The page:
HomeNewsThe 2020 Sustainability Education Summit

The 2020 Sustainability Education Summit

The third annual Sustainability Education Summit was held on Friday, Feb. 28 and was accessible to participants in person and online. Not only were folks tuning in across all five U of M campuses, but also all across Minnesota and the world!

This year, we heard from seven presenters in total: 

  1. Beth Mercer-Taylor – Twin Cities, Sustainability Education Co-director
  2. Scott Spicer – Twin Cities, Libraries | Media & pedagogy in sustainability
  3. Dominic Travis – Twin Cities, Veterinary Medicine | Ecosystem Health
  4. Mindy Granley – Duluth, Office of Sustainability | Student engagement
  5. Thomas Beery – Kristianstad University, Environmental Education | Sustainable Development Goals
  6. Clement Loo – Morris, Environmental Studies | Equity, Diversity, and Intercultural Programs
  7. David Wilsey – Twin Cities, Public Affairs | International Sustainability

These presenters came from Duluth, Morris, Twin Cities and even Kristianstad, Sweden! We also heard from students Ankur Karmacharya, Meghna Subba, and Maya Sarkar. Assistant Professor at Stanislaus State, Cueponcaxochitl D. Moreno Sandoval, also shared on indigenous sustainability. During the 10 minute break, great music from local artists Humbird and Clif Nesseth was playing softly in the background.As far as those attending, each campus held their own unique gathering to watch the Summit together. But, there were also plenty of folks who turned in to the live stream all on their own and participated remotely.

In addition to learning about each Educator’s background, we also got to learn about the very real challenges that both educators and students alike face in the realm of sustainability. If anything, it became evident that the path to teaching sustainability is not linear nor is it perfect, but it is full of hope and is for everyone in every discipline. It is also important to note that there was quite a lot of discussion regarding indigenous perspectives and how their ways of knowing need to be better incorporated and honored in today’s conversations about sustainability. See Assistant Professor Cueponcaxochitl D. Moreno Sandoval talk about Indigenous sustainability here (2:41:40)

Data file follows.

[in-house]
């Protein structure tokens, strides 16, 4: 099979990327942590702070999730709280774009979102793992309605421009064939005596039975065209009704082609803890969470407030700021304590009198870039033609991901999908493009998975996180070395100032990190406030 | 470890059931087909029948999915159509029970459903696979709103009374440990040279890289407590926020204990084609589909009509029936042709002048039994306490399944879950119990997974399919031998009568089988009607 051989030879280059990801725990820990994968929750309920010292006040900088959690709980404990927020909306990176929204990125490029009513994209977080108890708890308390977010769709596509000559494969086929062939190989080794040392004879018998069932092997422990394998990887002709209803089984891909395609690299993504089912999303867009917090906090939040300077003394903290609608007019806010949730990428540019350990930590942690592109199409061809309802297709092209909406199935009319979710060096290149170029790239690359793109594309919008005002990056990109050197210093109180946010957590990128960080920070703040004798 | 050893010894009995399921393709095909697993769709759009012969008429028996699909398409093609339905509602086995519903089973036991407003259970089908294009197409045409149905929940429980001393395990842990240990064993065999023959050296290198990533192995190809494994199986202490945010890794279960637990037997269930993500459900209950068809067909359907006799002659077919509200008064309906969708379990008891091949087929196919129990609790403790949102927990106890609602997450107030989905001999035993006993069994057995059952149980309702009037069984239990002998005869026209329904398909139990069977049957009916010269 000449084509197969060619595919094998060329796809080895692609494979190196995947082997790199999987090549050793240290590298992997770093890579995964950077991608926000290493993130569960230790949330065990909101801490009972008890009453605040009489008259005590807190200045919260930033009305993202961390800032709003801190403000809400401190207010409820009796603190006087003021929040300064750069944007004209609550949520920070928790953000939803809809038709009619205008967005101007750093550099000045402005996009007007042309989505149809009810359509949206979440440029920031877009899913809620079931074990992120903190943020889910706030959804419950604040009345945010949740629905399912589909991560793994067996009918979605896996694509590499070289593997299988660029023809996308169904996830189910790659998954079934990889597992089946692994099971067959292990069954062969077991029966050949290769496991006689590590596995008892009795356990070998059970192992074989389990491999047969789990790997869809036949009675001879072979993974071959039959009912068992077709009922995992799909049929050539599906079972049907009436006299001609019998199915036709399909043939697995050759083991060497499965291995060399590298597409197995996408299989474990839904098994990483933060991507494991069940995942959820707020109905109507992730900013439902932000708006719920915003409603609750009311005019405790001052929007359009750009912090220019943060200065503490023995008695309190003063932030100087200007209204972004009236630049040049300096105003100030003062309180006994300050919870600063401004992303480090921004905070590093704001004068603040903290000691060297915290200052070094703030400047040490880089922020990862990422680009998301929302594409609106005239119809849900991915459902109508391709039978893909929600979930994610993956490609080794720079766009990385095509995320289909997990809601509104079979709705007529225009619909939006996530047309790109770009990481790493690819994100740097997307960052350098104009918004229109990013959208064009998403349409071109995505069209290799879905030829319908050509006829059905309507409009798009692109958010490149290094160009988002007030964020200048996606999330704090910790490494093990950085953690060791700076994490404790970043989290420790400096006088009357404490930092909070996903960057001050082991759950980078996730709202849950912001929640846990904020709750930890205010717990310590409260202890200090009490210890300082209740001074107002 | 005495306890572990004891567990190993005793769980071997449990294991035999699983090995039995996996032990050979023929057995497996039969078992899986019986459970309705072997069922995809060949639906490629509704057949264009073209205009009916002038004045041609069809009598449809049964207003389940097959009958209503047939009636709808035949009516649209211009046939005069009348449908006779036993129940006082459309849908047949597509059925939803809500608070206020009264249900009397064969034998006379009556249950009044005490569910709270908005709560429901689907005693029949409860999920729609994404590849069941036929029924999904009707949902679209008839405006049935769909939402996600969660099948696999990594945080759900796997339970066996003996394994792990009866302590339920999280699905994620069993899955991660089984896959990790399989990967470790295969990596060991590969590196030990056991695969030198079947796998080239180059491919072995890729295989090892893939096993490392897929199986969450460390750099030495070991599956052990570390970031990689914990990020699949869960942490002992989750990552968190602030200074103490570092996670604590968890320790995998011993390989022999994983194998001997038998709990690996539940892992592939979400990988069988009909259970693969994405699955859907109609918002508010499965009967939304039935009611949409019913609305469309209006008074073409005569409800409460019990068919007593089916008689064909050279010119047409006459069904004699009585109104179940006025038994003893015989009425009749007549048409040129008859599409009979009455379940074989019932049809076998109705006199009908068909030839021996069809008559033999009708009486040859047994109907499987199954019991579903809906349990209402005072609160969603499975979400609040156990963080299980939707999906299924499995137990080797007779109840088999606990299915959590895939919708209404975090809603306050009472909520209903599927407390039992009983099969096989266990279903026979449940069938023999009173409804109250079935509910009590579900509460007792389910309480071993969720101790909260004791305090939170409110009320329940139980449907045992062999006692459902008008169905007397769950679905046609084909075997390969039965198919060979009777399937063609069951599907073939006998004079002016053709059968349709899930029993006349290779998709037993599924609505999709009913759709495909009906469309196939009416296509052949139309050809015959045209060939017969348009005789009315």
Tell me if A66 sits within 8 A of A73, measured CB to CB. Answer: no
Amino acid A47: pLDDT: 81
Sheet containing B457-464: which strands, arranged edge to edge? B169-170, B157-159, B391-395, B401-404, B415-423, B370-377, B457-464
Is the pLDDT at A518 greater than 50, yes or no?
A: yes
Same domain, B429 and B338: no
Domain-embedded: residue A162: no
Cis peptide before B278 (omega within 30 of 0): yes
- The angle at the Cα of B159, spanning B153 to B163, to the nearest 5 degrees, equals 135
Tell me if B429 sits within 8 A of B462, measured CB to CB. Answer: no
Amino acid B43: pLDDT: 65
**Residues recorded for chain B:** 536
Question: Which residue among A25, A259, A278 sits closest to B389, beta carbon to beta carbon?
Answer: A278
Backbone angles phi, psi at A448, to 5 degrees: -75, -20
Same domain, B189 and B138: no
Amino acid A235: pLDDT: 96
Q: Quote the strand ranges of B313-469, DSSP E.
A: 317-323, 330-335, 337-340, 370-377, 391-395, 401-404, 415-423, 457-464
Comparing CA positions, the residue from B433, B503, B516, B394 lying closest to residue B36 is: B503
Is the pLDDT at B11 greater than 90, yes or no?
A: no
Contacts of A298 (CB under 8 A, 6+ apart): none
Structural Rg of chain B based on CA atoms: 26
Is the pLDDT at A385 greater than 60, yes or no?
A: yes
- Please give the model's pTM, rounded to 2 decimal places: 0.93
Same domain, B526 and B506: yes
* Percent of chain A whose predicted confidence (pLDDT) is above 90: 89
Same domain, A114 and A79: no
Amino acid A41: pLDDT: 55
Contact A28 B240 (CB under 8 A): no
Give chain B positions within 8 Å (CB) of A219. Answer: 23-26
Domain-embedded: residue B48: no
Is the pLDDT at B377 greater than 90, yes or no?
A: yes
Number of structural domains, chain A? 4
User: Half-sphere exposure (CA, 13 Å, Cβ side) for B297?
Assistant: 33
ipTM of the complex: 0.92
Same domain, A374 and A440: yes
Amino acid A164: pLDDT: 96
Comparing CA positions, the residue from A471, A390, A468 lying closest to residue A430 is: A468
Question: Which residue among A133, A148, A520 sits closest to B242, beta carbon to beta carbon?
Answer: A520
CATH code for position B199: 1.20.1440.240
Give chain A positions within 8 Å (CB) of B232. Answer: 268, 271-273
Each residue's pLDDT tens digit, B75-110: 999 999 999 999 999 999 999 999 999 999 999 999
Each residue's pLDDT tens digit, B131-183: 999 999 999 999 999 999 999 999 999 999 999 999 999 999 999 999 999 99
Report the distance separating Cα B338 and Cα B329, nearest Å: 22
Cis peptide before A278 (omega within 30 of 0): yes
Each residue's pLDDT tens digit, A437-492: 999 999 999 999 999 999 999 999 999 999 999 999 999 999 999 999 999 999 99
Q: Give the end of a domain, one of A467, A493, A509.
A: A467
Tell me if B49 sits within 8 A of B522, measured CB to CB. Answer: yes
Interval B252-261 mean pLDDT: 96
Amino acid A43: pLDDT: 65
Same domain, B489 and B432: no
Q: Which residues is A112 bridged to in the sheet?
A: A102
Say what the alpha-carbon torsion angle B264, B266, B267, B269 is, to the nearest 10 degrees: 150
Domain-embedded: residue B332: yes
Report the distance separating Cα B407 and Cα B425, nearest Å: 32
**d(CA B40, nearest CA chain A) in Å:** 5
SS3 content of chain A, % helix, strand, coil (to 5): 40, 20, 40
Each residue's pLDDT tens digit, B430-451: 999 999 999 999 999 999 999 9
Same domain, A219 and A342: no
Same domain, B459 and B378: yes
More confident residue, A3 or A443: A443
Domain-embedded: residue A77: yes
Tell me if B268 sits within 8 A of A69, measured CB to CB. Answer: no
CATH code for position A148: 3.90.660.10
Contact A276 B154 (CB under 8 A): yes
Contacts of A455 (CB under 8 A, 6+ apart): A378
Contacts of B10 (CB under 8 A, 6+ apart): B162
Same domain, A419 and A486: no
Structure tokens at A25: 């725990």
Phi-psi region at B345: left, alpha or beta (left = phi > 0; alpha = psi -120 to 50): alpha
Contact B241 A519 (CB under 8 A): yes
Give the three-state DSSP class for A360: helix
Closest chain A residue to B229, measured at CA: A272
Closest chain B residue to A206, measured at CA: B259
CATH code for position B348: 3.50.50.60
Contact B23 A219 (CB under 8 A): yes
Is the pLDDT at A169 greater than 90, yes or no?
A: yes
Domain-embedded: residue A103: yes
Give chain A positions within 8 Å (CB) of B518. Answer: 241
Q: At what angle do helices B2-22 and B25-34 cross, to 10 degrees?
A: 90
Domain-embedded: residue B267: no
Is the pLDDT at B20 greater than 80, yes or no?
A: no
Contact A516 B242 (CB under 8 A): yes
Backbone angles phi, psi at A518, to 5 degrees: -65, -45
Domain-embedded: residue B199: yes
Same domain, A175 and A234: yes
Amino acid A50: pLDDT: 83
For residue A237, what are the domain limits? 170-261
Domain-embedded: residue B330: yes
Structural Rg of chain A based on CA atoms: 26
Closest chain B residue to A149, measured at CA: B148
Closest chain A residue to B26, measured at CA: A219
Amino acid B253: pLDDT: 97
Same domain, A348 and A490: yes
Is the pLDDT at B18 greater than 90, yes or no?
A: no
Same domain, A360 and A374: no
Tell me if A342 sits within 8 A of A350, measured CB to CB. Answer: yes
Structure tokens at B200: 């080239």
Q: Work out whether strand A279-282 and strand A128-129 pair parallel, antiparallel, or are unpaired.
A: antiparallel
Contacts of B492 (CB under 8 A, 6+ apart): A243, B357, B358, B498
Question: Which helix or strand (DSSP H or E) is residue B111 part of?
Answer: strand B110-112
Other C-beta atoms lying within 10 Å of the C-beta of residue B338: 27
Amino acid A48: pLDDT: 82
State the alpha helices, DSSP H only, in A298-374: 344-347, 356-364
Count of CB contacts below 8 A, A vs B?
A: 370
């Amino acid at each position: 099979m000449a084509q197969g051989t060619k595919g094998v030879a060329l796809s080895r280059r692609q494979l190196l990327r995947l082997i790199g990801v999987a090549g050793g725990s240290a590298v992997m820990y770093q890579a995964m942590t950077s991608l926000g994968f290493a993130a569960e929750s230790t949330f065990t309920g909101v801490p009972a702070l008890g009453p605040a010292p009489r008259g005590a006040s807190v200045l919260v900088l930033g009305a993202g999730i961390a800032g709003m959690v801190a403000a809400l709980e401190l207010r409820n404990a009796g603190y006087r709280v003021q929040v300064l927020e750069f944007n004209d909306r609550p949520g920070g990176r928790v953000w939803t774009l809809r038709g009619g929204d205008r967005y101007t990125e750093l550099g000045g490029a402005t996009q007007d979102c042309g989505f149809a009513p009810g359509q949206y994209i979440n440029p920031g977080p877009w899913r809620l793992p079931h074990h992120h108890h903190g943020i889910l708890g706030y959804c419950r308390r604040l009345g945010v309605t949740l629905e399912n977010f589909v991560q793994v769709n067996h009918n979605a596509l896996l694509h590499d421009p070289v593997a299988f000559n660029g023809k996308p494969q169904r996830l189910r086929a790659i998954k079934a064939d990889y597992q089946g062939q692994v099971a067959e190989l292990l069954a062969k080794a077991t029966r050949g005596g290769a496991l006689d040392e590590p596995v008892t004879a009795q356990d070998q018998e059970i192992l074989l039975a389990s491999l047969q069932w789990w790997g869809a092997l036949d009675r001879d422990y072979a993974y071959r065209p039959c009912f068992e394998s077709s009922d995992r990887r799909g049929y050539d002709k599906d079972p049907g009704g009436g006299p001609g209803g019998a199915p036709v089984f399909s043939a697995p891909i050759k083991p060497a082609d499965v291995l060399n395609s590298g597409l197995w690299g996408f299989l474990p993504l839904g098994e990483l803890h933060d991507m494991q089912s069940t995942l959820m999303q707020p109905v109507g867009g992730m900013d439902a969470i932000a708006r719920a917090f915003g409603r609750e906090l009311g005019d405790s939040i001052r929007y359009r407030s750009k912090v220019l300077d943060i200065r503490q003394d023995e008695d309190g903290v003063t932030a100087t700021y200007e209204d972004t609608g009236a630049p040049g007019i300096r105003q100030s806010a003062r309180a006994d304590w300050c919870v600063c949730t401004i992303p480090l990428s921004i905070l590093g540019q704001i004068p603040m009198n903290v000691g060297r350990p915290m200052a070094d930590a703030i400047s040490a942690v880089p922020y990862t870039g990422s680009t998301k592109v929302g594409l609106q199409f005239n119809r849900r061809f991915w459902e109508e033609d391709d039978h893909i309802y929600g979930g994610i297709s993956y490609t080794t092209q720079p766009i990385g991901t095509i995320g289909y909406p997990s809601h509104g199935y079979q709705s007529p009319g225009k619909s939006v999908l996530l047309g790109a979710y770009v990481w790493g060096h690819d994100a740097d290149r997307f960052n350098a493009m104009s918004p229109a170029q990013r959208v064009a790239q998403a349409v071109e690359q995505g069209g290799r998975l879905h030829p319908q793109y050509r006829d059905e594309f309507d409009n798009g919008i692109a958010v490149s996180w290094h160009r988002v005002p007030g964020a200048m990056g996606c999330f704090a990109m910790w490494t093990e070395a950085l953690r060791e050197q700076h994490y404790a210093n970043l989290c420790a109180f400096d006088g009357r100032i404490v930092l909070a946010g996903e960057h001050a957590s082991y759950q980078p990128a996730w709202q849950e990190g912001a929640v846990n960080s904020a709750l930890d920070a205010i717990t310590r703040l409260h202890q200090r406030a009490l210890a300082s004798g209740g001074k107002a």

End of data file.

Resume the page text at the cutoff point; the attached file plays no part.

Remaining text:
That is also what attendees learned from this year’s Summit- that students are learning from these efforts and have passion to continue to grow what they’re learning outside of the classroom. Many of the IonE educators shared their own students’ projects and shared some helpful tools with those watching.

In addition to hearing from presenters, attendees were also able to hear from each other. This year, Slido.com was introduced into the Summit. Here, folks are able to send in their questions live during presentations and other attendees are able to respond to the questions or up-vote which questions they wanted to see addressed during the live panels.

The Summit had two separate panels to allow for a chance for all presenters to share their voice and react to the questions coming in through Slido. Panelists answered questions ranging from: “As an emerging environmental professional, how do you get started and find a job?” to “What role does sustainability play in climate action and justice?”

Overall, this year’s Sustainability Education was a success even with all of the technical hoops to jump through. If even a few educators (present or future) walked away feeling better equipped and inspired to go and do the hard work that is teaching sustainability, then all is well.

This event would not have come together if it were not for the hard work of Peter Levin, Educators Graduate Research Assistant. Here’s what he had to say about the 2020 Summit: “The Sustainability Education Summit was a product of collective creativity from a cohort of driven educators. We strove to design it so that everyone, no matter where they are or what they do, felt they were part of the conversation. Sustainability is more than individual action, it is a collective tale for societal change. We hope participants walk forward with more understanding of our common story of sustainability and tools to teach it. ”

Thank you Peter, Educators, Faculty & Staff, and to all who made this event possible!

Didn’t have a chance to watch the Summit? No problem, the live stream is still available to watch!

If you attended or watched online, we’d love to hear your feedback! Consider taking 5 minutes to fill out this feedback form.

Since one of the main goals of the Summit is to share tools and tips for teaching sustainability- here is an extensive list of resources that were mentioned either by presenters or by others:

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